The Effects of Poor Sleep on Business Executives

While a great deal of media attention has been paid to the importance of sleep for professional athletes, musicians and politicians, the role of sleep in ensuring the performance of business executives has been largely underreported until recently. Today, however, many companies are focusing on executive health and well-being with the aims of maximizing performance and key decision-making while limiting burnout. In accordance with these goals, one of the most urgent daily biological processes deserving of attention is sleep.

Attention, Memory & Performance

Sleep deprivation impairs several brain networks that control your cognitive function. Symptoms can start after 16 hours without sleep and get worse over time, impacting performance. Severe sleep deprivation results in reduced alertness, difficulty directing attention and, ultimately, in short periods of sleep during waking life. These microsleeps often go undetected but have an unpredictable impact on information gathering and processing. More importantly, they triple the risk of car accidents and foster negligence. A chronic lack of sleep also directly impairs your short-term and working memory, which often results in a failure to adapt established problem-solving strategies to new situations, even when these strategies are no longer optimal or even practical. The more extreme the sleep loss, and the longer and more tedious the task, the more likely performance decrements are to occur.

Judgment & Decision-Making

Not only does sleep deprivation damage cognitive function, there is also a psychological impact. The abilities to recognize and respond to threats, estimate the difficulty of future tasks and the evaluate the severity of consequences when making decisions are reduced. In a sleep deprived state, the brain is more likely to misinterpret subtle verbal and nonverbal cues, limiting the effectiveness of interpersonal communications. Sleep deprivation increases the perceived value of potential gains while decreasing the perceived value of potential losses, making you more likely to take risks. Morality becomes skewed; when sleep deprived, you’re less likely to recognize immoral behavior in others or to fully appreciate the moral implications of your own actions.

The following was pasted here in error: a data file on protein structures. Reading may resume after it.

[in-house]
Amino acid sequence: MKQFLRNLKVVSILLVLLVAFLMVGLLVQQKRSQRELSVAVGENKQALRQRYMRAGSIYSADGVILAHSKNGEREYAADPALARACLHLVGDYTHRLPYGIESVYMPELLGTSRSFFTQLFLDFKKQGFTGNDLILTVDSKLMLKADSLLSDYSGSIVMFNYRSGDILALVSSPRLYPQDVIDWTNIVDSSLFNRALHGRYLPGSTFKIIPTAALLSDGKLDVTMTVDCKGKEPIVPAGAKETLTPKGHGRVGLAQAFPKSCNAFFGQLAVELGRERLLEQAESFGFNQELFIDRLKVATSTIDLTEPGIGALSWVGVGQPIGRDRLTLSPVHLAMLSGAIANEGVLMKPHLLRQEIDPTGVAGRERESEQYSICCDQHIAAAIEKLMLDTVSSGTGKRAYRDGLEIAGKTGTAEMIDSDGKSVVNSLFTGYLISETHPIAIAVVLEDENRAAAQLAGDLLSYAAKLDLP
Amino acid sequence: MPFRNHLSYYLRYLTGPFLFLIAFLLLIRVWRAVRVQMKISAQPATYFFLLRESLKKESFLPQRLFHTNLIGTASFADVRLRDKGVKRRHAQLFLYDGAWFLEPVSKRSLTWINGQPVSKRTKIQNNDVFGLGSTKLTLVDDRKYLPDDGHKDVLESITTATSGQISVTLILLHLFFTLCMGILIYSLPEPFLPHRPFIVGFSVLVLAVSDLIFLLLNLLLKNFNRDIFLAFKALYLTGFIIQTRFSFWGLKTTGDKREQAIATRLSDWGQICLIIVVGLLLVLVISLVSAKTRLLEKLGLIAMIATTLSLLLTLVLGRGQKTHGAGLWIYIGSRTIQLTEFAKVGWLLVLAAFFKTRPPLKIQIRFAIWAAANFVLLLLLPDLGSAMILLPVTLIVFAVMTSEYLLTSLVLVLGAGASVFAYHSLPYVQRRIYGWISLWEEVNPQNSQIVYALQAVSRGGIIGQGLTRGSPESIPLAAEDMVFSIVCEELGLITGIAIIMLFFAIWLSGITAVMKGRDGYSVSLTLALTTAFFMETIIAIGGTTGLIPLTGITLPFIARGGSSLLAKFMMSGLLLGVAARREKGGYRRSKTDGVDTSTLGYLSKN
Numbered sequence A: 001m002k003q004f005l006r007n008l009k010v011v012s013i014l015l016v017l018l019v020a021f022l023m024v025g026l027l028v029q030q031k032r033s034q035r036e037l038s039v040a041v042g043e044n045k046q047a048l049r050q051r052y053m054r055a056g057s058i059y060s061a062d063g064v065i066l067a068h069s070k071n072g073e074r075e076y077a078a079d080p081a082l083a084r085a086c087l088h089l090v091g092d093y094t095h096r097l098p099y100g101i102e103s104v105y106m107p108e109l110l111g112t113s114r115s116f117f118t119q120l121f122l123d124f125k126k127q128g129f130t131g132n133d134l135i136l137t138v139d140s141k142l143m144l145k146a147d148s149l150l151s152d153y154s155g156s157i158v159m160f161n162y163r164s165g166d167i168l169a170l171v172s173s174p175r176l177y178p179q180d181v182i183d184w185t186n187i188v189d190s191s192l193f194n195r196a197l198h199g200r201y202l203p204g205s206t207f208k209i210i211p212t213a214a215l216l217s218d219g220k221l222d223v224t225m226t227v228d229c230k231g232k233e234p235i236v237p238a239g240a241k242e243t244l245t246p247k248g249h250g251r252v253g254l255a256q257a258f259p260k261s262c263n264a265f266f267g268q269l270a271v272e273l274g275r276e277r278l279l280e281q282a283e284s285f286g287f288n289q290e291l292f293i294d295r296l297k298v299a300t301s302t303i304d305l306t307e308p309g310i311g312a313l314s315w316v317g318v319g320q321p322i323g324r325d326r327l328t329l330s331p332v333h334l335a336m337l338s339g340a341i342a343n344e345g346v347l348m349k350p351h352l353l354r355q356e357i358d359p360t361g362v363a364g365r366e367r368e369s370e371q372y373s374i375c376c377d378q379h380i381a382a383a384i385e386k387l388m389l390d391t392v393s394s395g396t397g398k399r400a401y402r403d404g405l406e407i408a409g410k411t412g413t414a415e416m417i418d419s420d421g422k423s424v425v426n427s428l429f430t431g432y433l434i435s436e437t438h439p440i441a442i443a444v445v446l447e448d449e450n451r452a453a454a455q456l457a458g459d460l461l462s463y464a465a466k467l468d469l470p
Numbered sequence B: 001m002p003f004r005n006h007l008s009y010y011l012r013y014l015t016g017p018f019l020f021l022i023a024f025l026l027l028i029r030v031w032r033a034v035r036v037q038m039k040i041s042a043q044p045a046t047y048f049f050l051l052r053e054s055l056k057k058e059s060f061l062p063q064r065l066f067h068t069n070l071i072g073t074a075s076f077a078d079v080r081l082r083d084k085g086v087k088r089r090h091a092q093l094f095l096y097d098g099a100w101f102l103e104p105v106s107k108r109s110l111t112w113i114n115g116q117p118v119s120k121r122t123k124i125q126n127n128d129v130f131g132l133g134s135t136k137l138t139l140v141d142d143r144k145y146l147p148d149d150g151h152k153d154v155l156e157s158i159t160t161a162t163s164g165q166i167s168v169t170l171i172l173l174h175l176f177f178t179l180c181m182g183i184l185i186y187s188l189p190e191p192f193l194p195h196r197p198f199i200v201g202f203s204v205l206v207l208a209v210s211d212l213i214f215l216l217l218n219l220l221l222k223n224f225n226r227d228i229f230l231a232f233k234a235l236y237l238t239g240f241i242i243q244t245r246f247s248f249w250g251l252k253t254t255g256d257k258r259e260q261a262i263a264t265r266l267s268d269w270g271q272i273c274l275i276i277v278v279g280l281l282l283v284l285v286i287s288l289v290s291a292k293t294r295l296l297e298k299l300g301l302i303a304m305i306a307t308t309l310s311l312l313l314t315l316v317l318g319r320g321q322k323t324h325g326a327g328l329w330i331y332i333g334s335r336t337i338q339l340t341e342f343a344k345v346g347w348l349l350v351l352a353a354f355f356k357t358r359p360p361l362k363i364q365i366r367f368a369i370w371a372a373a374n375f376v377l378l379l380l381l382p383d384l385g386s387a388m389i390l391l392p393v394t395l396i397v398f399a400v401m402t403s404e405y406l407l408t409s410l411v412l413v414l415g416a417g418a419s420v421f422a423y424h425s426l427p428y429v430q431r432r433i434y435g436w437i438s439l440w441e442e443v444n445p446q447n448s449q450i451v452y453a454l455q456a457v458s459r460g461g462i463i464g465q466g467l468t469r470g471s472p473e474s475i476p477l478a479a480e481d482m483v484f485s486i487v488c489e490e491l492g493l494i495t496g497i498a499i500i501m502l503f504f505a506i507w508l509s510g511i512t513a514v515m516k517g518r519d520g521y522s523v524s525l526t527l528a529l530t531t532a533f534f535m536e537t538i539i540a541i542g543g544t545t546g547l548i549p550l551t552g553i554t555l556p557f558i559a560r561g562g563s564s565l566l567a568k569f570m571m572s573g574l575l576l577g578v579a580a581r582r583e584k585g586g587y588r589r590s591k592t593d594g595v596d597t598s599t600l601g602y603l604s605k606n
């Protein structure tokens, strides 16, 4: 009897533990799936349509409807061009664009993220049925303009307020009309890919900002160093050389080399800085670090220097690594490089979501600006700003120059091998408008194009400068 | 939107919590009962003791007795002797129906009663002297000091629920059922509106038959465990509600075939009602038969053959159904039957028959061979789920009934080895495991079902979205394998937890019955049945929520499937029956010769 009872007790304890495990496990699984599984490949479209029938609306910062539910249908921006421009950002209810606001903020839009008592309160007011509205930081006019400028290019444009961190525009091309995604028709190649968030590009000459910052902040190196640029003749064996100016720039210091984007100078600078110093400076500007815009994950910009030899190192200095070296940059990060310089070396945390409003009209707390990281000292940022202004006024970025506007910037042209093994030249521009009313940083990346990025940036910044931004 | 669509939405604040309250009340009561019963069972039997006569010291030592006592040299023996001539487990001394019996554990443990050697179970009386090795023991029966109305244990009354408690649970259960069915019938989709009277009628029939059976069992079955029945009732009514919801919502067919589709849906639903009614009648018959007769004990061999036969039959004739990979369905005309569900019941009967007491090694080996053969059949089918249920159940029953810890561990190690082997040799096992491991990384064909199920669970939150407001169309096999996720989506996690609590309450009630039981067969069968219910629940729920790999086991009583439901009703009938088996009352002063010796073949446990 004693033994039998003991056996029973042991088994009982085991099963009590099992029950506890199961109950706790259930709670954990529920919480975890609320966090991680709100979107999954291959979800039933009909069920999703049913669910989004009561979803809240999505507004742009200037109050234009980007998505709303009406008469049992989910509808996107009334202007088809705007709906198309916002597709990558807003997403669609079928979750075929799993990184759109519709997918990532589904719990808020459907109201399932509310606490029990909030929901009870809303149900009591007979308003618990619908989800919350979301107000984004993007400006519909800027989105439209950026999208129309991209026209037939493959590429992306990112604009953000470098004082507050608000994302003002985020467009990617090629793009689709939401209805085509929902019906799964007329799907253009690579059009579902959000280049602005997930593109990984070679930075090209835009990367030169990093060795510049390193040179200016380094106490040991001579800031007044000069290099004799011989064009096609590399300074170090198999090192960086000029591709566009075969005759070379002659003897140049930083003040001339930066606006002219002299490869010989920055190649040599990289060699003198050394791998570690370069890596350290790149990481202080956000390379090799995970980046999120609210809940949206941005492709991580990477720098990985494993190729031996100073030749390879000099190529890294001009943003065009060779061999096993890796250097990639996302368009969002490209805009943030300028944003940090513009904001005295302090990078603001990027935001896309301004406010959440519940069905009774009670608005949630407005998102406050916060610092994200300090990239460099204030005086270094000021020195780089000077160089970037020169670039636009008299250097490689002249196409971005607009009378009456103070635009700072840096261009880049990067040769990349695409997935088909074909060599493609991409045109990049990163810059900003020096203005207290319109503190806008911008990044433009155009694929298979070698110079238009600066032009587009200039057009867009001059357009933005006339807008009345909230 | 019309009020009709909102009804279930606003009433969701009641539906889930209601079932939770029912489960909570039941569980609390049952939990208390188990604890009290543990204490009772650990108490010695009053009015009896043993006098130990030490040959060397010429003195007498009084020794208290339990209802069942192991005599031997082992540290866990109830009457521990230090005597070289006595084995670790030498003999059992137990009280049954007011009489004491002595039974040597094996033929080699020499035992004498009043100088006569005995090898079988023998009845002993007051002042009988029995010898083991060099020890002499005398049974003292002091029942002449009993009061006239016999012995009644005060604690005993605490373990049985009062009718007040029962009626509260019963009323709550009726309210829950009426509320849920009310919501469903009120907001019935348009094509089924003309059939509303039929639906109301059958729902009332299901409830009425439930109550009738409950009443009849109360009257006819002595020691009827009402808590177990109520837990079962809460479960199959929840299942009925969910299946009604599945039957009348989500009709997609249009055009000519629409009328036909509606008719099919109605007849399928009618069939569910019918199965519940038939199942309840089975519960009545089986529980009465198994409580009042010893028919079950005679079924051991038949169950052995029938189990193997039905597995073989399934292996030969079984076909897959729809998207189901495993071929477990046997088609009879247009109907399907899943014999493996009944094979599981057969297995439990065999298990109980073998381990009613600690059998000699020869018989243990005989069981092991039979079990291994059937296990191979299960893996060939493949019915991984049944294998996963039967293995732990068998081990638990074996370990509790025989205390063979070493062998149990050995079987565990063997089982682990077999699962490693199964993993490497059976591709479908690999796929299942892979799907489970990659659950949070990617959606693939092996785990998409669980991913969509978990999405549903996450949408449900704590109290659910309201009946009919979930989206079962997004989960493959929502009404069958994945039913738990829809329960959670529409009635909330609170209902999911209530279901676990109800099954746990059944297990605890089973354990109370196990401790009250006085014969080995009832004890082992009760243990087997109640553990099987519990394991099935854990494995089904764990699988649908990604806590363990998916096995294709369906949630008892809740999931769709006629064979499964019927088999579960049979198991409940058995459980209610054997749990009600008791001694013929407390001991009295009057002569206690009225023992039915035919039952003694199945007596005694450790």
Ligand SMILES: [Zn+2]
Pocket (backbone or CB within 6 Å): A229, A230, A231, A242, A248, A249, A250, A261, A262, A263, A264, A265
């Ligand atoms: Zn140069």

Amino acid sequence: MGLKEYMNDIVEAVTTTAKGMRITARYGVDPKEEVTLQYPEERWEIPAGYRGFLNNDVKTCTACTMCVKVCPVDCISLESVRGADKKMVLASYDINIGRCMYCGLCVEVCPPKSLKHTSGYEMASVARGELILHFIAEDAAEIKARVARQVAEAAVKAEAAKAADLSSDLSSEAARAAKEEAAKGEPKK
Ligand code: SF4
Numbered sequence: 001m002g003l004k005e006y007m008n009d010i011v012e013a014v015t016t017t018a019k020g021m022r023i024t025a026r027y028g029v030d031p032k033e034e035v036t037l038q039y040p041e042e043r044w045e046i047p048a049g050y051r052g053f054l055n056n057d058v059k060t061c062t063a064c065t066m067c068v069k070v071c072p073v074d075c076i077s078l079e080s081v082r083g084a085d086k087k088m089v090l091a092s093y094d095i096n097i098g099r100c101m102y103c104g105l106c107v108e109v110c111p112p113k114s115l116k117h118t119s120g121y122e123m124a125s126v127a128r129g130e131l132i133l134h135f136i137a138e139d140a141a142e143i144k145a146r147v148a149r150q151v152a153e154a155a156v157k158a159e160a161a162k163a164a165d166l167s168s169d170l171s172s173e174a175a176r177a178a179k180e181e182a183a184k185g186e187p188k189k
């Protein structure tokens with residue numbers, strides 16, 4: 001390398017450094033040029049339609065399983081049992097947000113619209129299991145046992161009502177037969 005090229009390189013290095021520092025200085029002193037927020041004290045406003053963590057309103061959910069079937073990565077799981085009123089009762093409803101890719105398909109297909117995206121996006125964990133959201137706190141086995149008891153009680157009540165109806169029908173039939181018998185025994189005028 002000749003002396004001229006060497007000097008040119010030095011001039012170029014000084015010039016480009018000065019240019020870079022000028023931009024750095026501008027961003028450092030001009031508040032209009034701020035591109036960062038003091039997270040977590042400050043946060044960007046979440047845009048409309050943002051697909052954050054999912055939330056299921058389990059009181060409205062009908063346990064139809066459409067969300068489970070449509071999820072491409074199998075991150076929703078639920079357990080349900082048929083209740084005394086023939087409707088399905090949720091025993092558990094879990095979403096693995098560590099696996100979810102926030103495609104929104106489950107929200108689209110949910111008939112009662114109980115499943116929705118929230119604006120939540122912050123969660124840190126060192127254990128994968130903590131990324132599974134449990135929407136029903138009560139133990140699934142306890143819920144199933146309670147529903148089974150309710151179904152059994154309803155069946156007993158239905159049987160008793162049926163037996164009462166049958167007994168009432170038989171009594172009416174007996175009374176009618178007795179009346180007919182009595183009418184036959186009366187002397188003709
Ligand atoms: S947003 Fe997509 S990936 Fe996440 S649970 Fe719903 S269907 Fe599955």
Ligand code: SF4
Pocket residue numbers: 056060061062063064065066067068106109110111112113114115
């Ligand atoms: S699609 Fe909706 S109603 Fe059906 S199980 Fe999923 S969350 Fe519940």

Physical Health

Executive well-being programs that address diet, exercise and work/life balance are a step in the right direction but won’t achieve their maximum effectiveness unless sleep health is also considered. Sleep deprivation increases your appetite via dysregulation of the two hormones that control hunger, ghrelin and leptin. This makes it difficult for you to lose weight and can contribute to obesity and diabetes. Sleep loss also leads to higher blood pressure, elevated levels of the stress hormone cortisol and high cholesterol, resulting in heart disease and raising the risk of stroke. Sleep quality before and after exercise is important because researchers suspect it is during deep sleep that Growth Hormone, which stimulates muscle growth and repair, bone building and fat burning, is produced. Also, a lack of sleep leads to feelings of fatigue, sharply reducing motivation to exercise or, really, do anything else.

We’re Here to Help

Research has shown that sleep deprivation undermines executive leadership, planning, health, communication and judgement. If you’re having trouble sleeping, don’t sleep enough, or find yourself living with a constant feeling of fatigue, please consider reaching out for help by contacting the FusionHealth participant Resource Center at sleep@fusionhealth.com or 1-877-615-7257.

Sources:
BrainFacts.org
NCBI
JournalSleep.org
National Sleep Foundation
Harvard Business Review